Review: Harry Potter and the Goblet of Fire

My daughter and I went to see Harry Potter and the Goblet of Fire this weekend. She loves the Potter movies, but wisely decided that she might actually be scared this time around so we went to a Saturday matinee. In short, we loved it.

Turning the Harry Potter book series into movies is a daunting task. Taking 800 some odd pages and making a movie, even a 2 hour and 40 minute movie, isn’t easy. Luckily Steve Kloves takes on the challenge, as he has with the last three movies. Wisely, he takes the ten or so biggest moments in the book and puts it up on the screen. What the audience gets is something very much like the last movie – a unique, impressive adaptation. Potter purists might be upset with some of the missing moments and plot changes, but the movie audience won’t mind one bit.

This time, we get much less of the day-to-day aspects of life at Hogwarts and straight into the action. Whether it’s the Quidditch World Cup, the Tri-Wizard Tournament, the Yule Ball or the climatic graveyard scene, all the main plot points are set up nicely and deviate from the book in all the right places. While the movie doesn’t stand on its own, most people coming to the film will have seen the previous three offerings in some way shape or form.

Director Mike Newell obviously has learned a thing or two from the earlier offerings, especially Prisoner of Azkaban, by keeping the magic a combination of fanciful and “normal.” The sweeping vistas from Azkaban return as well as the locations. His previous directorial efforts are diverse from Four Weddings and a Funeral to Donnie Brasco and he brings a nice sense of “British sensibility” to the whole affair. With Goblet, we see a more grown-up movie and not just the rapidly ageing leads.

I’ve heard rumblings that the kids are getting too old for their respective parts. This is patently ridiculous since the kids themselves are only a few years older than their cinematic counterparts. People forget that the kids are supposed to age. They also forget that the danger is also supposed to get darker and more challenging. With this movie, it’s not just the return of the ultimate evil, but the daunting task of asking a girl out to the big dance and then actually having to dance with her. Oh, teenage angst!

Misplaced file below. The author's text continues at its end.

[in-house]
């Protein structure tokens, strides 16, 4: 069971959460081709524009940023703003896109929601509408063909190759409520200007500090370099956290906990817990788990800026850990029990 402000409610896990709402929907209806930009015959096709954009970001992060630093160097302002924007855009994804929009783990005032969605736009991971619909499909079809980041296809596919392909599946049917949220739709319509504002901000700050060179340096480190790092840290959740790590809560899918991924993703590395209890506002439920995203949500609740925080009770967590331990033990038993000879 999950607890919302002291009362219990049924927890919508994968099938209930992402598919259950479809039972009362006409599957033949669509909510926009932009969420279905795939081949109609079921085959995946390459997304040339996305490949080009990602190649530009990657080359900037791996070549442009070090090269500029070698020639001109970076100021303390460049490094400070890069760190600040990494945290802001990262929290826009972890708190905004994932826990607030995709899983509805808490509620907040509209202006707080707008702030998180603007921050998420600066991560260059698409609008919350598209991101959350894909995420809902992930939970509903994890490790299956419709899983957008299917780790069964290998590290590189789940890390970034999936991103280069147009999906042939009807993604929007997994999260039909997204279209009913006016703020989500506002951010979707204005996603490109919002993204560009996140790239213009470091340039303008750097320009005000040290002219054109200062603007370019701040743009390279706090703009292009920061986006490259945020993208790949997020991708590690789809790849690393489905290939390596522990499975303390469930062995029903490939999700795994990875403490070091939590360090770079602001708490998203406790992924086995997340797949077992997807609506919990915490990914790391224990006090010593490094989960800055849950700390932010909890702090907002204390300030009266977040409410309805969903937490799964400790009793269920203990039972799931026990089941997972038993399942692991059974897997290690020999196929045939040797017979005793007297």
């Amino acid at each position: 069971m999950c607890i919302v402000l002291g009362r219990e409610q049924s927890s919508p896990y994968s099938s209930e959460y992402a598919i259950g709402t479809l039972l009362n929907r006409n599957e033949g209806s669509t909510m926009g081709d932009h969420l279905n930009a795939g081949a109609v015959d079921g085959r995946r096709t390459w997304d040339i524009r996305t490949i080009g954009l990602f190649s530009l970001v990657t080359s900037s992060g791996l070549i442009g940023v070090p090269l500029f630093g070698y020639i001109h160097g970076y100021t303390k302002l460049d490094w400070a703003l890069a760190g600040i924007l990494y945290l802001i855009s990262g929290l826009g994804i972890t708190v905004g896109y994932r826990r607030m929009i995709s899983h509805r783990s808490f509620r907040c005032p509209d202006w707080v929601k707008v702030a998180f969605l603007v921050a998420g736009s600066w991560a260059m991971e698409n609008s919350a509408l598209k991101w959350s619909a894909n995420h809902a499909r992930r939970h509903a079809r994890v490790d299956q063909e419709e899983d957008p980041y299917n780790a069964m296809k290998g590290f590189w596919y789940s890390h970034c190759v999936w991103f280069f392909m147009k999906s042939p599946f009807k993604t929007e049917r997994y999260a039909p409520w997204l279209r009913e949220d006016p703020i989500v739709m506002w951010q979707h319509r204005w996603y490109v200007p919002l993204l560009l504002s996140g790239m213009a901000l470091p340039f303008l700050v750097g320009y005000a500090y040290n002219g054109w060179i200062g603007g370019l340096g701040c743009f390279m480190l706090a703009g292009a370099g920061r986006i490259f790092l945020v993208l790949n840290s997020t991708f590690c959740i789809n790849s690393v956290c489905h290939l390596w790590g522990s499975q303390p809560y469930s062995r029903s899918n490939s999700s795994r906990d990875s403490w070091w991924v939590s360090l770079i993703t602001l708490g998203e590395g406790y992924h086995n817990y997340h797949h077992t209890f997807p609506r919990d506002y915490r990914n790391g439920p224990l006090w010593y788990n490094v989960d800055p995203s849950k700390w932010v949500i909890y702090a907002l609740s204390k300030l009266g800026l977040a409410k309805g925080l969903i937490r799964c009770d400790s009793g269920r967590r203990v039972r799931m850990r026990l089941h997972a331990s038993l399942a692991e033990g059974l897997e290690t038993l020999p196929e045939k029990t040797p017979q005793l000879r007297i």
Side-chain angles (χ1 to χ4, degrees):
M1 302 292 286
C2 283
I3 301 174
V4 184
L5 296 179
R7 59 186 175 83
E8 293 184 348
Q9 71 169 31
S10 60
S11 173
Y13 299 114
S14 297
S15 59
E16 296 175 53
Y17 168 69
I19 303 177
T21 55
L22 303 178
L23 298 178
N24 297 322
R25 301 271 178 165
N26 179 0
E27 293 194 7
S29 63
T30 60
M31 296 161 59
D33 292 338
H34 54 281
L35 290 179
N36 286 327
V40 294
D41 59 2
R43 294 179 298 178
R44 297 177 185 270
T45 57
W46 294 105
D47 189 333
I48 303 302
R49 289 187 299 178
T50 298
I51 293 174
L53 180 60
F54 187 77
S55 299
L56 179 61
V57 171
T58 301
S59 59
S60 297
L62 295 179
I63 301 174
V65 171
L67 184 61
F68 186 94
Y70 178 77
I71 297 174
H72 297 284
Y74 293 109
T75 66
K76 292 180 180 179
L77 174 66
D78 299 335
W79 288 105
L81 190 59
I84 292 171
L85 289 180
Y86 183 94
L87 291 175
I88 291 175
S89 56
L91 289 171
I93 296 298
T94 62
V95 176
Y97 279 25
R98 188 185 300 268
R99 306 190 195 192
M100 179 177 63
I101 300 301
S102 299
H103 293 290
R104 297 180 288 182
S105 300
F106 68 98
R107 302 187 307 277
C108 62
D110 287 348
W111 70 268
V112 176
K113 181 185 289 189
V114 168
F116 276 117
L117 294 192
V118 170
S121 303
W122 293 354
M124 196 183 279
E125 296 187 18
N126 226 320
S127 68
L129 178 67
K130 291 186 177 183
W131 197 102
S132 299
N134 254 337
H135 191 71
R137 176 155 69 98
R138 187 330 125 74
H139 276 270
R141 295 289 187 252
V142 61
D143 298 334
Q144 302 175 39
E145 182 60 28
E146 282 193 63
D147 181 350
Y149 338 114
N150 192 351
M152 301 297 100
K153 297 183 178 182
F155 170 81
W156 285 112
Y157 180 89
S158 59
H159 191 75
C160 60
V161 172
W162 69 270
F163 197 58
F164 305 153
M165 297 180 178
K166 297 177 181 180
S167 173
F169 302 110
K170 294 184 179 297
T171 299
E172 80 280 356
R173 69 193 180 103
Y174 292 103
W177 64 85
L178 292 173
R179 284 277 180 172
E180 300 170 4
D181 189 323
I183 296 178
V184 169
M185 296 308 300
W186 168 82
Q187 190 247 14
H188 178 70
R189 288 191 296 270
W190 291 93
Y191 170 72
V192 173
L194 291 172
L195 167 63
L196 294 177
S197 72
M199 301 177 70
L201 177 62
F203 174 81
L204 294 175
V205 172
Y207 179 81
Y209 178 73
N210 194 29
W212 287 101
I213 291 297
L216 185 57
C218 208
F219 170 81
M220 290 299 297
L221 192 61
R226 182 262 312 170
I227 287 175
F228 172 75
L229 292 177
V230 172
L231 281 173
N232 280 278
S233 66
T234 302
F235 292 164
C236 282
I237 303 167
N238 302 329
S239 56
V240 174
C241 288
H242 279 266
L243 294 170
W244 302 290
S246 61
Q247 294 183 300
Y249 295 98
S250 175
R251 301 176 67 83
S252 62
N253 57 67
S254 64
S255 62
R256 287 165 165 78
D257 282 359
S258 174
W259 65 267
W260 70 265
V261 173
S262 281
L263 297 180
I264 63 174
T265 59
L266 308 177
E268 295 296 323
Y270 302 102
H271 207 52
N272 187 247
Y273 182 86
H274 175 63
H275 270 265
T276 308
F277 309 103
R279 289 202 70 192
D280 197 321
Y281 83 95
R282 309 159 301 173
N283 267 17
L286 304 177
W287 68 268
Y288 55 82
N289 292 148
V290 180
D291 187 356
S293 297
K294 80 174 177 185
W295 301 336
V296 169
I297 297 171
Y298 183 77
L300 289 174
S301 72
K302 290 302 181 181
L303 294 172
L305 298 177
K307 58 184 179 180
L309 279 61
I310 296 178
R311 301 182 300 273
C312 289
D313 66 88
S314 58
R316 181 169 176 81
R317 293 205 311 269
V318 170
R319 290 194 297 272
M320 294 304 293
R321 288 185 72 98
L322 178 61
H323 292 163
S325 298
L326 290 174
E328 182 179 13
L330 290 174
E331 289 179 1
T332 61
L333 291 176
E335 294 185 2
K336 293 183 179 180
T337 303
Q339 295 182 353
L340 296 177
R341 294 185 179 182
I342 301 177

The movie centers on Harry and the Tri-Wizard Tournament to the detriment of just about every other character and story moment. Of course, the tasks the champions (and Harry who has mysteriously been added to the group) have to face make up some of the more visually interesting elements of the movie. Can you say dragons and mer-people?

Harry’s cohorts get their respective moments to shine. Rupert Grint as Ron gets to be pissed off at Harry and Emma Watson as Hermione gets to remind everyone that she’s a girl. Even minor characters like Nevill Longbottom get a moment in the sun. It’s wonderful that the British acting troup of teachers all reprise their roles even though Maggie Smith and Alan Rickman barely have five lines each. The gravitas that Harris brought to Dumbledore is missing, but Michael Gambon presents a more active Dumbledore, which will only enhance the next movie’s climactic battle.

The new cast members play their roles perfectly. Brendan Gleeson as Mad-eye Moody and Miranda Richardson as Rita Skeeter do amazing things with their screen time. Of course, Ralph Fiennes as Lord Voldemort playing the ultimate bad guy and brings a sense of menace that is a combination of Darth Vader and the Wicked Witch of the West. Snake-like and supremely confident, Fiennes as Voldemort leaves the audience wanting more. I can’t wait for the climax of the next film, knowing what I know about Order of the Phoenix.

Without giving too much away, the climax starts shockingly and ends in tears. While it felt a little too short for me, I was left thinking it resonated nicely and was a fitting end to something that was building since the beginning. I’ll have to watch it a couple more times to get the full lasting effect.

Dark times lay ahead for Harry and his friends. I can’t wait to see what’s in store for the cinematic version of Order of the Phoenix. The only thing I know for sure is that it will be magical.